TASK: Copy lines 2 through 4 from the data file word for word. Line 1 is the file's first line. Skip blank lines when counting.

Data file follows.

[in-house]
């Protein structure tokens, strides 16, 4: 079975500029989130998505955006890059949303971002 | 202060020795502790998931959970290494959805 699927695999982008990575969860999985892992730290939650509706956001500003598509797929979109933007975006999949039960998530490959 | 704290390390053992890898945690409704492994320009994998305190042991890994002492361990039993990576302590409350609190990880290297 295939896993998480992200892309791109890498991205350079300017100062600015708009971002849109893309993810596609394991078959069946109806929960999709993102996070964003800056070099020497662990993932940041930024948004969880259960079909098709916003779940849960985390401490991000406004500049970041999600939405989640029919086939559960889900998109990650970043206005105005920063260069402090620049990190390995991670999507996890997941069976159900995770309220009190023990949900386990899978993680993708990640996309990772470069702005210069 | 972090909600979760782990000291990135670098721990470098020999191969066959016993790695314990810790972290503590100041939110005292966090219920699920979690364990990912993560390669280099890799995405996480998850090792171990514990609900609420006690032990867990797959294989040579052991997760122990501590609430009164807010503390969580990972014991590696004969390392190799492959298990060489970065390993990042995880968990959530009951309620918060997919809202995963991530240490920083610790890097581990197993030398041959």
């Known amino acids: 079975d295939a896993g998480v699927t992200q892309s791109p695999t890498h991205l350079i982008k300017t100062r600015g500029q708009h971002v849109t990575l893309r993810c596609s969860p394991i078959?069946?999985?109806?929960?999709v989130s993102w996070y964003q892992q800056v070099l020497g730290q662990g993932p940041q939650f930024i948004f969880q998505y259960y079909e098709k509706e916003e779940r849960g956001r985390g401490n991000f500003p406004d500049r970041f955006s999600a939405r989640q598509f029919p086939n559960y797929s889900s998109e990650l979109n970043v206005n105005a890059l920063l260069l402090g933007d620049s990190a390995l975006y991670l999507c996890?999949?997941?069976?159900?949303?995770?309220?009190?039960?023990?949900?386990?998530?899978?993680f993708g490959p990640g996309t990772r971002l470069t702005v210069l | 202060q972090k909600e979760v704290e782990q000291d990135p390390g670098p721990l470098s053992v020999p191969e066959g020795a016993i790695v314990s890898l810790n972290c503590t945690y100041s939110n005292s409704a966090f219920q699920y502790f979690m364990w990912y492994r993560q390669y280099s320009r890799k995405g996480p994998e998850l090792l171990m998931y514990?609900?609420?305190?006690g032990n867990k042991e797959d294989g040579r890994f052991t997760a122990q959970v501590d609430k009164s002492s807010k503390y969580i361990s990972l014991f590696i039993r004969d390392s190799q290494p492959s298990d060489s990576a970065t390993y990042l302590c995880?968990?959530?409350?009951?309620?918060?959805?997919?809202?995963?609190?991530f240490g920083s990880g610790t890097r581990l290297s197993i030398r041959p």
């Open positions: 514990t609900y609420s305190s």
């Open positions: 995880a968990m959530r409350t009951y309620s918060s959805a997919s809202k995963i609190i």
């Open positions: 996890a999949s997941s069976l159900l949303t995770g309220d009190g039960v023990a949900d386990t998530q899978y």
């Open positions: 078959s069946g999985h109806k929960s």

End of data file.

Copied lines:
């Protein structure tokens, strides 16, 4: 079975500029989130998505955006890059949303971002 | 202060020795502790998931959970290494959805 699927695999982008990575969860999985892992730290939650509706956001500003598509797929979109933007975006999949039960998530490959 | 704290390390053992890898945690409704492994320009994998305190042991890994002492361990039993990576302590409350609190990880290297 295939896993998480992200892309791109890498991205350079300017100062600015708009971002849109893309993810596609394991078959069946109806929960999709993102996070964003800056070099020497662990993932940041930024948004969880259960079909098709916003779940849960985390401490991000406004500049970041999600939405989640029919086939559960889900998109990650970043206005105005920063260069402090620049990190390995991670999507996890997941069976159900995770309220009190023990949900386990899978993680993708990640996309990772470069702005210069 | 972090909600979760782990000291990135670098721990470098020999191969066959016993790695314990810790972290503590100041939110005292966090219920699920979690364990990912993560390669280099890799995405996480998850090792171990514990609900609420006690032990867990797959294989040579052991997760122990501590609430009164807010503390969580990972014991590696004969390392190799492959298990060489970065390993990042995880968990959530009951309620918060997919809202995963991530240490920083610790890097581990197993030398041959």
């Known amino acids: 079975d295939a896993g998480v699927t992200q892309s791109p695999t890498h991205l350079i982008k300017t100062r600015g500029q708009h971002v849109t990575l893309r993810c596609s969860p394991i078959?069946?999985?109806?929960?999709v989130s993102w996070y964003q892992q800056v070099l020497g730290q662990g993932p940041q939650f930024i948004f969880q998505y259960y079909e098709k509706e916003e779940r849960g956001r985390g401490n991000f500003p406004d500049r970041f955006s999600a939405r989640q598509f029919p086939n559960y797929s889900s998109e990650l979109n970043v206005n105005a890059l920063l260069l402090g933007d620049s990190a390995l975006y991670l999507c996890?999949?997941?069976?159900?949303?995770?309220?009190?039960?023990?949900?386990?998530?899978?993680f993708g490959p990640g996309t990772r971002l470069t702005v210069l | 202060q972090k909600e979760v704290e782990q000291d990135p390390g670098p721990l470098s053992v020999p191969e066959g020795a016993i790695v314990s890898l810790n972290c503590t945690y100041s939110n005292s409704a966090f219920q699920y502790f979690m364990w990912y492994r993560q390669y280099s320009r890799k995405g996480p994998e998850l090792l171990m998931y514990?609900?609420?305190?006690g032990n867990k042991e797959d294989g040579r890994f052991t997760a122990q959970v501590d609430k009164s002492s807010k503390y969580i361990s990972l014991f590696i039993r004969d390392s190799q290494p492959s298990d060489s990576a970065t390993y990042l302590c995880?968990?959530?409350?009951?309620?918060?959805?997919?809202?995963?609190?991530f240490g920083s990880g610790t890097r581990l290297s197993i030398r041959p």
């Open positions: 514990t609900y609420s305190s």